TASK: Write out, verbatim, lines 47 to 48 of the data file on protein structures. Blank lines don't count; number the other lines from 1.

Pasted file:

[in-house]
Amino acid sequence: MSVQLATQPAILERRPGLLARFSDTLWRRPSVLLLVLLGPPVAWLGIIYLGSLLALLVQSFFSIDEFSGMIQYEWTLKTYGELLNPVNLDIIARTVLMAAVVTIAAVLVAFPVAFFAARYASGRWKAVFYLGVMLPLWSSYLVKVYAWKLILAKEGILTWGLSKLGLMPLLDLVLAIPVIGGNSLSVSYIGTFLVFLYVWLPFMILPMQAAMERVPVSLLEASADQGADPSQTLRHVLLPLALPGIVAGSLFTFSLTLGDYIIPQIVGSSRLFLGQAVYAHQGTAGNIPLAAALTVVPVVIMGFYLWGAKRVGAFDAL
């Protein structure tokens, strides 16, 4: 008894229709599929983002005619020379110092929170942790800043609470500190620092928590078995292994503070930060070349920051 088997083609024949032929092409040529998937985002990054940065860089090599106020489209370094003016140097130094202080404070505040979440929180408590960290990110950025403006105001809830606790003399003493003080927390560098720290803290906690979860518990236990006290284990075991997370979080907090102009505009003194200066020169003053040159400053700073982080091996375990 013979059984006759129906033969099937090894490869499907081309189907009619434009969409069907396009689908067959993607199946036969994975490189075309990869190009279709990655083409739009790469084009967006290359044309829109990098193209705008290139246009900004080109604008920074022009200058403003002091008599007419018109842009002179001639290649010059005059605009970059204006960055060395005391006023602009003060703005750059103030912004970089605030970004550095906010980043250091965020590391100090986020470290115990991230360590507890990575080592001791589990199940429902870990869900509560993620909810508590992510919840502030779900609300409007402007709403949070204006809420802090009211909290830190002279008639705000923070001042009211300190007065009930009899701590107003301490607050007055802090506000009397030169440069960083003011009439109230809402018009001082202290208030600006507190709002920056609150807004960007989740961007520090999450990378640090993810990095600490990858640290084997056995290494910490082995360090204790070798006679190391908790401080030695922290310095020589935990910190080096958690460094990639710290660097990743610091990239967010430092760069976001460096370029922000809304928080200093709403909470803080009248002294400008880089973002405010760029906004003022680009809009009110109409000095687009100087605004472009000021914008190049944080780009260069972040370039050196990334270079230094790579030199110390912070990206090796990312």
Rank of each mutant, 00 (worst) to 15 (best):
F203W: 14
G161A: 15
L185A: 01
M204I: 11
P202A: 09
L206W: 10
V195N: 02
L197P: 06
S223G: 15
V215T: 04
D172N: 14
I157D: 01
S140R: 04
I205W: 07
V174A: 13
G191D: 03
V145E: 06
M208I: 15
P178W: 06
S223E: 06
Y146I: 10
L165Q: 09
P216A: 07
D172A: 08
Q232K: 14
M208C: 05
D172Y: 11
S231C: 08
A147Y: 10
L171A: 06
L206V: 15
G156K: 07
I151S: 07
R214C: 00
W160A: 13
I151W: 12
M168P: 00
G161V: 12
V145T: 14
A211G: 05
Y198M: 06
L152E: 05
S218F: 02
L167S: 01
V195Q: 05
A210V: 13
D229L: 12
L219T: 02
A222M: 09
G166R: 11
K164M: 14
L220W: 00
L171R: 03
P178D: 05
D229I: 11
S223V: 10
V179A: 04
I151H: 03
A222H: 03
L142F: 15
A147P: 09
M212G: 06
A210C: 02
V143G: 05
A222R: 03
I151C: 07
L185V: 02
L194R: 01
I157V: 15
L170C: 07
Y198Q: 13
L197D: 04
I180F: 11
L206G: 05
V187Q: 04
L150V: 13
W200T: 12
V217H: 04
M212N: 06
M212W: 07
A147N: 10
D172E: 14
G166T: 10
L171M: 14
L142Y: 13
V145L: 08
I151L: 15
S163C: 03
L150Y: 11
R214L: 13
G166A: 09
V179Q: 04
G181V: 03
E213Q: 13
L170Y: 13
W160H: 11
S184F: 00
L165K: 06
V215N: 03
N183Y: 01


S218F: 02
L167S: 01